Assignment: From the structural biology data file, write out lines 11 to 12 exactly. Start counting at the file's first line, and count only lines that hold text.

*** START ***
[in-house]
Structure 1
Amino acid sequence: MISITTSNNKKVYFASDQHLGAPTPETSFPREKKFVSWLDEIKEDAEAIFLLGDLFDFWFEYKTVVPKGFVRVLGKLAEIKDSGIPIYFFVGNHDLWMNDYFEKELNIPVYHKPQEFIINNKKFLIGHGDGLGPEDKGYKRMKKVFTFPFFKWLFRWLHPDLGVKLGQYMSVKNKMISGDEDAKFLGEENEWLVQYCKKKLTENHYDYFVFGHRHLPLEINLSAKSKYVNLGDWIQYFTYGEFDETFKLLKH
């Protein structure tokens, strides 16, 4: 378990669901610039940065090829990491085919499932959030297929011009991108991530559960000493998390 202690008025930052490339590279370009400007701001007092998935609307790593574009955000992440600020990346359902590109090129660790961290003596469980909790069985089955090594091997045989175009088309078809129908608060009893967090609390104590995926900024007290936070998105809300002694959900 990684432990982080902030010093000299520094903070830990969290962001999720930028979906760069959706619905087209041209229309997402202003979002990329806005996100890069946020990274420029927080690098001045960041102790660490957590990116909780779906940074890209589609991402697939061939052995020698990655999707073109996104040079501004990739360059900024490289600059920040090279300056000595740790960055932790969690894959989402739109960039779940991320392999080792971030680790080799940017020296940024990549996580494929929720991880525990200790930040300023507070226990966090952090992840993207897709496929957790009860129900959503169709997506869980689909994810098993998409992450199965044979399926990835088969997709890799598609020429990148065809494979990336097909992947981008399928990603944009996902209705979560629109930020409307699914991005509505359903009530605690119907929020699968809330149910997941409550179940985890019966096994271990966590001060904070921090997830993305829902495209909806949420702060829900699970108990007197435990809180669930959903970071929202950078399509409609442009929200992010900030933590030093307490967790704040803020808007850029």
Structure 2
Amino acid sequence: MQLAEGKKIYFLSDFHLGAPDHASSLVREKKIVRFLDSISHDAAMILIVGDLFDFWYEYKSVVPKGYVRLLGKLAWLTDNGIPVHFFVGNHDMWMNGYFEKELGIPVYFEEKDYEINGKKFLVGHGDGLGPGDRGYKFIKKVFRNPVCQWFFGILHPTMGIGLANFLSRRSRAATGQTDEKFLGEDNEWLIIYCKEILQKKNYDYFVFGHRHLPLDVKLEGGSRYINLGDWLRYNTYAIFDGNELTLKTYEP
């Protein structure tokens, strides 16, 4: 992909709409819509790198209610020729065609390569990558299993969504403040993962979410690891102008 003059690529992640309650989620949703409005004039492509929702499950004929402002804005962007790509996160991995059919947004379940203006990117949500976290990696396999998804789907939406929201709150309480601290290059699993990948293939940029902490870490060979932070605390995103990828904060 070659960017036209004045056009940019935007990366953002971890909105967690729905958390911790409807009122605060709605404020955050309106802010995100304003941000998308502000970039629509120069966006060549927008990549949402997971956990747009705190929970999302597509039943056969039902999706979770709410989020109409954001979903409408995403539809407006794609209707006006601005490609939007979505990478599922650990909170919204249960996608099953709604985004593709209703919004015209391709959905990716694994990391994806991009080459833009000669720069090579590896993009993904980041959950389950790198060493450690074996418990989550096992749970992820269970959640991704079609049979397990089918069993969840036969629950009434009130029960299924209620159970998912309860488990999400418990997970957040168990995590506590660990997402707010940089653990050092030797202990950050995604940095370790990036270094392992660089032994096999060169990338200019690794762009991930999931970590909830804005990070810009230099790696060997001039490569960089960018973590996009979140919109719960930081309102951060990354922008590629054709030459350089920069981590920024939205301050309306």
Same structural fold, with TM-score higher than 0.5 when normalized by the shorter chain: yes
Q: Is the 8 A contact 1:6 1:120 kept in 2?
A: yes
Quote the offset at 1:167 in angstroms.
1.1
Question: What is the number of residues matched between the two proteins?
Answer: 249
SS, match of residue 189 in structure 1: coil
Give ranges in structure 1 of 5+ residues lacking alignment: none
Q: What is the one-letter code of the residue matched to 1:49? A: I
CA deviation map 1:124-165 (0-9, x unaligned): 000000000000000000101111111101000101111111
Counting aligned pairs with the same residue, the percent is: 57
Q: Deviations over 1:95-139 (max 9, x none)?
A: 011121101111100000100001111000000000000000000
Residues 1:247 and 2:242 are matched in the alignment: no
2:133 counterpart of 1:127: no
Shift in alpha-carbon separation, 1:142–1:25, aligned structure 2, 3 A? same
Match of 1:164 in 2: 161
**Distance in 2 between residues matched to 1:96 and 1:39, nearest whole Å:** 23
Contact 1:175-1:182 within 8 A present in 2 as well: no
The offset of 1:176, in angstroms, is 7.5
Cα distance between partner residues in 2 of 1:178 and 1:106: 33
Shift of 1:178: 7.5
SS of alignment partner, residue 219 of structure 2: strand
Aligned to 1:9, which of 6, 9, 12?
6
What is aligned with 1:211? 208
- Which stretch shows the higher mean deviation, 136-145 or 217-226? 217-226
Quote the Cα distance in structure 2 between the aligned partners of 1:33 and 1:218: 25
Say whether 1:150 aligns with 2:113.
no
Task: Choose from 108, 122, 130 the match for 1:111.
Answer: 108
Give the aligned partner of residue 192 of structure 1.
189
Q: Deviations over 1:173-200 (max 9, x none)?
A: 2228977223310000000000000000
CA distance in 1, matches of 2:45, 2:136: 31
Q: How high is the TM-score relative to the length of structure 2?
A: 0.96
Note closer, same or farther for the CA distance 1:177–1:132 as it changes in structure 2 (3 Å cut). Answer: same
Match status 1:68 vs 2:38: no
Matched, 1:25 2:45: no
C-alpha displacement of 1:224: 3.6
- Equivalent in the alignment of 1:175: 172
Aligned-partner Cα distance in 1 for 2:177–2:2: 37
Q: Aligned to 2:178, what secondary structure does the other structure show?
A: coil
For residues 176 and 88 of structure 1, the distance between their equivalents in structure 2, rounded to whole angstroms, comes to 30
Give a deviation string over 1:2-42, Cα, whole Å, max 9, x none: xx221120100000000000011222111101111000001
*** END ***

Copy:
Quote the offset at 1:167 in angstroms.
1.1